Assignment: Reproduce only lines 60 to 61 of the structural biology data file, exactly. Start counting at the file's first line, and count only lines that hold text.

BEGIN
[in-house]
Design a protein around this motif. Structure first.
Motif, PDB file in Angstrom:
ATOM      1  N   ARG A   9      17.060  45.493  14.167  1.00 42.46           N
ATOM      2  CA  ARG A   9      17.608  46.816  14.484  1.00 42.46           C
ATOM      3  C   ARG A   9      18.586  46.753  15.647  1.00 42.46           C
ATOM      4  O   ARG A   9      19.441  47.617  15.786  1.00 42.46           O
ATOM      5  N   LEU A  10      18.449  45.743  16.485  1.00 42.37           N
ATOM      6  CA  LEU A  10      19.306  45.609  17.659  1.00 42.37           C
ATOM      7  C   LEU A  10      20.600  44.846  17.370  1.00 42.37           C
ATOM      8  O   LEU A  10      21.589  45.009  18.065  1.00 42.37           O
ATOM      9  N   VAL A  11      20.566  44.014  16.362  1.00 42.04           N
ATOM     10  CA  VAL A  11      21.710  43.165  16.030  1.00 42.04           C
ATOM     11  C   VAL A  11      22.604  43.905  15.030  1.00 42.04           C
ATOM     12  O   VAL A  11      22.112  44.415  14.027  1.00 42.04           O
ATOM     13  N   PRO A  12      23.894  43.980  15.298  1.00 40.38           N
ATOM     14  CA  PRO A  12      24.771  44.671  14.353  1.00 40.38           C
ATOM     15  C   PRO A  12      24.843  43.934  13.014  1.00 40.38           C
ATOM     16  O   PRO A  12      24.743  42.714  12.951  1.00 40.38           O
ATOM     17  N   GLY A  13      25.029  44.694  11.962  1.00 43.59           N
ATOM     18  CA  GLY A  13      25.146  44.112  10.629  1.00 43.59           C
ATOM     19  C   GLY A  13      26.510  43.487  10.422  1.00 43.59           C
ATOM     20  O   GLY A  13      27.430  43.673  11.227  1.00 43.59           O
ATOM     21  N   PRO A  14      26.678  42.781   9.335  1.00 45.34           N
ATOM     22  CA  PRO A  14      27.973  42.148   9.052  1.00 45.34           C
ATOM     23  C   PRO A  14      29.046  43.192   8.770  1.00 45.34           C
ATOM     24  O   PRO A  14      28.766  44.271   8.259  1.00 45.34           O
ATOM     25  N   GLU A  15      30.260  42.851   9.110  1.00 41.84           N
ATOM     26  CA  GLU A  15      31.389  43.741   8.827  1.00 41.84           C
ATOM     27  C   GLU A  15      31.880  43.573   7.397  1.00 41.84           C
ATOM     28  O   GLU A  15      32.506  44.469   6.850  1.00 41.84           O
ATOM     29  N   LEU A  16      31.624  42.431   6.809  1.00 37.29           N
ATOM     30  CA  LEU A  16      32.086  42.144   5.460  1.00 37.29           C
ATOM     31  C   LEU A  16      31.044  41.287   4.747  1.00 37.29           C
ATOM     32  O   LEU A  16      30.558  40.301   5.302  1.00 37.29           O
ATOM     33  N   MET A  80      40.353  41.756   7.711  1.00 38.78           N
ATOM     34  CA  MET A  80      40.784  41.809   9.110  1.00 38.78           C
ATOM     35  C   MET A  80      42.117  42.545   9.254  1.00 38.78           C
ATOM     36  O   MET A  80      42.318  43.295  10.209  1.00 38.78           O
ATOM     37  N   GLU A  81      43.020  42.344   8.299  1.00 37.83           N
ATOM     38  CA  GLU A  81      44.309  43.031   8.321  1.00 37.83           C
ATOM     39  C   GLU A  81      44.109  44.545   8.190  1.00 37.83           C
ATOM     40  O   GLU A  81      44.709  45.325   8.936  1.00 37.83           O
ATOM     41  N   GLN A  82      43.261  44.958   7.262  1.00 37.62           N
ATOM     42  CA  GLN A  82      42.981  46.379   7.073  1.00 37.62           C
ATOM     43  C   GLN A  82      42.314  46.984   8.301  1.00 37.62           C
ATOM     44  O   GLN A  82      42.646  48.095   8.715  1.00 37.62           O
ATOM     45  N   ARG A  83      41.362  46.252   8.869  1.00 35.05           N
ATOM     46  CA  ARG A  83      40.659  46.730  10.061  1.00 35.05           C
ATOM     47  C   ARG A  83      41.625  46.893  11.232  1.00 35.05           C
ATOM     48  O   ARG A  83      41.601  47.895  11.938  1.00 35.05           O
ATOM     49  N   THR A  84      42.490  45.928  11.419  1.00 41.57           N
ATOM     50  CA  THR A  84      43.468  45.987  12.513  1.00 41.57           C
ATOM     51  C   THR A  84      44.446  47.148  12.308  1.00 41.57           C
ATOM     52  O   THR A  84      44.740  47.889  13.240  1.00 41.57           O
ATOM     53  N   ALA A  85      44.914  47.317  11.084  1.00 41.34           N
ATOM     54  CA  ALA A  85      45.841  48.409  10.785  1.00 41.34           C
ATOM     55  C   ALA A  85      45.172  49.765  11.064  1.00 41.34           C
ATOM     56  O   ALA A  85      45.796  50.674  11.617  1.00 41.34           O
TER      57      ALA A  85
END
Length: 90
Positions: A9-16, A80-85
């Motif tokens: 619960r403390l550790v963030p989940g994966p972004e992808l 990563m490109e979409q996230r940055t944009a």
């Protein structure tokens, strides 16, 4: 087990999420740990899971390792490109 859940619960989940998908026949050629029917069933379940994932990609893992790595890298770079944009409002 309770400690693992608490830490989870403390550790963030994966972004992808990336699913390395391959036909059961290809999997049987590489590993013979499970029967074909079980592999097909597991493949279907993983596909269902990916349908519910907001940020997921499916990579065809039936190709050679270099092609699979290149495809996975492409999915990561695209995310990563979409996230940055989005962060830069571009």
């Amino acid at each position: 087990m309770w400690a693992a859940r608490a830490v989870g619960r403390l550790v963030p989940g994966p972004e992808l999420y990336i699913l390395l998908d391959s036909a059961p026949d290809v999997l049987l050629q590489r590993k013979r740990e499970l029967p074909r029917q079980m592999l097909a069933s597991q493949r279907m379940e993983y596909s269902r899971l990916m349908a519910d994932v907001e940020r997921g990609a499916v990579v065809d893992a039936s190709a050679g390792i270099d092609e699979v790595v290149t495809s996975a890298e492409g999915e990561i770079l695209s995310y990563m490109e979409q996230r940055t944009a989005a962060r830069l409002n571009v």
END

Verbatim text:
TER      57      ALA A  85
END